Below is the text of the Legal Intelligencer’s recent article Judge Defends Decision to Slam School District with $500K Verdict over Bullying. The article spotlights Berney & Sang’s landmark school bullying and harassment case, Wible v. Philadelphia.
A Pennsylvania judge is defending his decision to have the School District of Philadelphia pay more than $500,000 for failing to stop a student from being severely bullied.
Philadelphia Court of Common Pleas Judge Gene Cohen last week outlined his reasoning to the Commonwealth Court for a ruling he made in May, which held that the School District of Philadelphia was liable for failing to stop one of its students from being severely bullied, and needed to pay $500,000 in damages to the student, as well as $578,000 in attorney and expert fees.
The school district had appealed the ruling to the Commonwealth Court, but Cohen rejected the district’s arguments and asked the appellate court to affirm his decision.
As part of its appeal, the school district had contended that the school was immune from suit for claims arising out of the Pennsylvania Human Relations Act, which makes it unlawful for public entities to deny “accommodations or privileges” based on a person’s sex.
According to Cohen, appellate courts in Pennsylvania have not yet determined whether the PHRA applies to students who have been bullied by other students, but Cohen said that the plain language of the text and the purpose of the law indicate that courts should allow these types of claims.
“Plaintiff’s time in the school district was a gauntlet of sexual harassment and violence that would test the mettle of the strongest and most resilient youth. This harassment was endured for years until it became unbearable and plaintiff was forced to withdraw from the school district,” Cohen said. “In this way plaintiff was literally denied the use of a public accommodation on the basis of her sex. The PHRA forbids this.”
Cohen further noted that his underlying ruling had not found that the school was vicariously responsible for the student’s conduct, but rather it showed an indifference to the bullying and harassment.
“The school district is not generally liable for all conduct of its students,” Cohen said. “But it is liable, in its role as proprietor of a public accommodation, if it is deliberately indifferent to harassment and violence that has occurred and inevitably will continue to occur, and this harassment is so severe that it makes it impossible for one of the students entrusted to the school district’s care to enter the building.”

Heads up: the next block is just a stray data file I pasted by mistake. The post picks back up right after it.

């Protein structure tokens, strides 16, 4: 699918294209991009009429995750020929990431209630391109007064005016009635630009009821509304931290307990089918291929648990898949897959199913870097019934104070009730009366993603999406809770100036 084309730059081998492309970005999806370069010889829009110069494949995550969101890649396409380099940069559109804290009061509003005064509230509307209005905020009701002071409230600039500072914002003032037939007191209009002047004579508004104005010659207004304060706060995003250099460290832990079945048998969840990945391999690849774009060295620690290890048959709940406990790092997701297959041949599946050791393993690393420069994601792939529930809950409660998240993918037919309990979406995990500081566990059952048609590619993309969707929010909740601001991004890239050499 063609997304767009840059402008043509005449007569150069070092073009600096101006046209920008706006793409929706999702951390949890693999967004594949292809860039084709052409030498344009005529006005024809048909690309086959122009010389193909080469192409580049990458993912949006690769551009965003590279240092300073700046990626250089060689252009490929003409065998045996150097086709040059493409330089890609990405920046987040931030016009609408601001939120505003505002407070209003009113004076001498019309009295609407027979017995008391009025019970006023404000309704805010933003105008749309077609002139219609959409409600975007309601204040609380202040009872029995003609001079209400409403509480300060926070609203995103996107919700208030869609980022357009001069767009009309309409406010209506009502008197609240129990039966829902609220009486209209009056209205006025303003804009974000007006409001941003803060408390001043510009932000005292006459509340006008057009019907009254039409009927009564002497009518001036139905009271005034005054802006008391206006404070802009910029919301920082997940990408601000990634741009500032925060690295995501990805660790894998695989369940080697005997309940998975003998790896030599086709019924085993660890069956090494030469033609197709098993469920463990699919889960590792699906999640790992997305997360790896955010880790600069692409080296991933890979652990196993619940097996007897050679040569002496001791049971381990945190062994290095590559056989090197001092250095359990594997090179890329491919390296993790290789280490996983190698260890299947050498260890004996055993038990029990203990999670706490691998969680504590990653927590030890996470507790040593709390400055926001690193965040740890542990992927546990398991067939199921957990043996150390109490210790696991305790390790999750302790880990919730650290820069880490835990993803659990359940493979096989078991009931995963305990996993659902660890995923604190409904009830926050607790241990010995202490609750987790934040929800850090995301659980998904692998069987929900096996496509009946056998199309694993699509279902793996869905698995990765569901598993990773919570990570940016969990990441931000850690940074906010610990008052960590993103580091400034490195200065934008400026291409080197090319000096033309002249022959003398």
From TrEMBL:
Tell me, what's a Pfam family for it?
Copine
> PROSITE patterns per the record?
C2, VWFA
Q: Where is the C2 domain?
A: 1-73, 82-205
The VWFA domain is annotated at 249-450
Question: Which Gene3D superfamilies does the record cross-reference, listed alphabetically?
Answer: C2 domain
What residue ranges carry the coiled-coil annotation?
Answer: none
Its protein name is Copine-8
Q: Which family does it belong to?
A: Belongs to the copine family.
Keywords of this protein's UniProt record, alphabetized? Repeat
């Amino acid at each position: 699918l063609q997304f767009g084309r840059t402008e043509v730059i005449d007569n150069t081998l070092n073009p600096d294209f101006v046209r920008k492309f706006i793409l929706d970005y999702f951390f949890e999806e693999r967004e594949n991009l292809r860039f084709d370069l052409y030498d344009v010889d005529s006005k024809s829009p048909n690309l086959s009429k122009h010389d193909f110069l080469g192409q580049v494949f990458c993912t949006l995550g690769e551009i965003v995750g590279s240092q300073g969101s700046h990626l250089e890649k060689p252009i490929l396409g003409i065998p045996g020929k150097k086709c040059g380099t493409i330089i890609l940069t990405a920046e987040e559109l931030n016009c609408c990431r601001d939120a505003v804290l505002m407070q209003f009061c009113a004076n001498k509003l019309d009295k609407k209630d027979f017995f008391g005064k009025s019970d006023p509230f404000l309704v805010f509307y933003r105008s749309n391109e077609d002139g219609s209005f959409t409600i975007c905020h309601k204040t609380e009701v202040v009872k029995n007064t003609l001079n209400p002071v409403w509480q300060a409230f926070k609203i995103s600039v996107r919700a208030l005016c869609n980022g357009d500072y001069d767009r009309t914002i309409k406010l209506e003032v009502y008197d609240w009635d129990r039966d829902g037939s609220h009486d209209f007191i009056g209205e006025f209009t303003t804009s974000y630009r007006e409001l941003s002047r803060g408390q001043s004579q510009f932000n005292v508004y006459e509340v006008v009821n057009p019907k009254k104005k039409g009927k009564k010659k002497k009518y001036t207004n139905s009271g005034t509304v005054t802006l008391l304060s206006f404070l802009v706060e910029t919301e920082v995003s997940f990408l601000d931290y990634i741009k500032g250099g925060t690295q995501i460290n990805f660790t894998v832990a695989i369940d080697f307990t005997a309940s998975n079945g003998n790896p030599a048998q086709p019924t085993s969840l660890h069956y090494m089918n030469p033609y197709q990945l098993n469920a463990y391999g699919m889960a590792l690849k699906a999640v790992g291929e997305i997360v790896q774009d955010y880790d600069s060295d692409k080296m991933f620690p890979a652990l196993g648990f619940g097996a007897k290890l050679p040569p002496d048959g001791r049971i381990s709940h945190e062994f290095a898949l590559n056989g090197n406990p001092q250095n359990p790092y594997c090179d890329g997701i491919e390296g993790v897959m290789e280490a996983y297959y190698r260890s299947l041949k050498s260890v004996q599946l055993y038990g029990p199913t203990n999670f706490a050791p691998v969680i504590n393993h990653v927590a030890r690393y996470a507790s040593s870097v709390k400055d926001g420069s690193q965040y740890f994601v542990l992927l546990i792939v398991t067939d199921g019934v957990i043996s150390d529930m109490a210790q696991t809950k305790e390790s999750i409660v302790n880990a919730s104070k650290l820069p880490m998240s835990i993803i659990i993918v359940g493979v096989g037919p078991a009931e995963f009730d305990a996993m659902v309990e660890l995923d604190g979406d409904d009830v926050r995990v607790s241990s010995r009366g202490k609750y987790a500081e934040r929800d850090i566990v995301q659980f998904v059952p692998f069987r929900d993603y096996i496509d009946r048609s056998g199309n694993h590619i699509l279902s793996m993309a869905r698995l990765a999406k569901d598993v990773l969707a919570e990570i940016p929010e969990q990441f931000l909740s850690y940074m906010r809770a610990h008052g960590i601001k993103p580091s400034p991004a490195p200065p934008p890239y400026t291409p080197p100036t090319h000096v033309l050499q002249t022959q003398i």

In the nine-page findings of facts and conclusions of law that Cohen issued in May following three weeks of trial, Cohen said that in the fall of 2003, the plaintiff, Amanda Wible, began attending Robert B. Pollock Elementary School in northeast Philadelphia, and her classmates soon began to tease, taunt and harass her because of her gender presentation, which Cohen described as not conforming to “societal expectations for girls in terms of appearance and dress.”
She was physically assaulted by a larger male student, who also teased her with sexualized taunts, and Wible’s mother notified the school of the bullying, Cohen said. Although the student was suspended, “effective efforts by Pollock to remedy this situation were non-existent,” Cohen said.
Wible’s mother, Cohen said, had her transferred to Alternative Middle Years at James Martin School in the Port Richmond section of the city. However, Wible continued to be targeted. Wible’s mother again reported the harassment to school officials, but the bullying continued.
Cohen said that, while in seventh grade in 2010, Wible was attacked by as many as 10 students, and she began to have panic attacks after that assault.
Wible then transferred midyear to C.C.A. Baldi Middle School in the Bustleton section. Cohen noted that, when she transferred, Wible’s mother met with the principal and vice principal at Baldi and her mother sent letters to Wible’s teachers explaining the bullying. However, she continued to be harassed based on her gender presentation.
Cohen said Wible developed a severe form of post-traumatic stress disorder, as well as depression and anxiety. According to Cohen, she also engaged in self-harm, had suicidal thoughts and panic attacks. Cohen also noted that she developed a condition called amplified musculoskeletal pain syndrome as a result of the bullying. Regarding her treatment, Cohen said, Wible needs specialized and intensive psychological treatment and behavioral therapy.
David Berney of Berney & Sang, who represented Wible, said Cohen issued a “strong” opinion.
“I know both Amanda and her mother feel fully vindicated by the decision, and we are grateful for what we thought was a judge who listened to everyone, carefully considered both sides and weighed the evidence,” Berney said.
Phinorice Boldin of Fineman Krekstein & Harris represented the Philadelphia School District. A spokesman for the school district said the district had no comment.